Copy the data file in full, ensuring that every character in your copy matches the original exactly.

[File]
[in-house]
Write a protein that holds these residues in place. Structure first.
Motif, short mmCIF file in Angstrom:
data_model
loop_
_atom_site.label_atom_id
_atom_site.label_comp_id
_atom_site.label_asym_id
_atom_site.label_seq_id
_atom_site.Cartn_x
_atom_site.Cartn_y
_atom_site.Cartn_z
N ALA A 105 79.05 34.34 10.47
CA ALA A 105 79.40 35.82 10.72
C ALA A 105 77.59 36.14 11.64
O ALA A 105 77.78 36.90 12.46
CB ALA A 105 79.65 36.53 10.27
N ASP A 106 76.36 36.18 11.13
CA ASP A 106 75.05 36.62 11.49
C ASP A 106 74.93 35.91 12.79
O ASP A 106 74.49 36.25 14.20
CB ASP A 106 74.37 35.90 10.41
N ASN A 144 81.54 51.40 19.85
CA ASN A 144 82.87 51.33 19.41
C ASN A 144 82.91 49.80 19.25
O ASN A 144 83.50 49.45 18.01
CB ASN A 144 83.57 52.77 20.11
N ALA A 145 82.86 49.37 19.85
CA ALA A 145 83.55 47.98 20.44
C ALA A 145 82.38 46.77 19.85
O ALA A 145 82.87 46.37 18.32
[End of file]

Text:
[in-house]
Write a protein that holds these residues in place. Structure first.
Motif, short mmCIF file in Angstrom:
data_model
loop_
_atom_site.label_atom_id
_atom_site.label_comp_id
_atom_site.label_asym_id
_atom_site.label_seq_id
_atom_site.Cartn_x
_atom_site.Cartn_y
_atom_site.Cartn_z
N ALA A 105 79.05 34.34 10.47
CA ALA A 105 79.40 35.82 10.72
C ALA A 105 77.59 36.14 11.64
O ALA A 105 77.78 36.90 12.46
CB ALA A 105 79.65 36.53 10.27
N ASP A 106 76.36 36.18 11.13
CA ASP A 106 75.05 36.62 11.49
C ASP A 106 74.93 35.91 12.79
O ASP A 106 74.49 36.25 14.20
CB ASP A 106 74.37 35.90 10.41
N ASN A 144 81.54 51.40 19.85
CA ASN A 144 82.87 51.33 19.41
C ASN A 144 82.91 49.80 19.25
O ASN A 144 83.50 49.45 18.01
CB ASN A 144 83.57 52.77 20.11
N ALA A 145 82.86 49.37 19.85
CA ALA A 145 83.55 47.98 20.44
C ALA A 145 82.38 46.77 19.85
O ALA A 145 82.87 46.37 18.32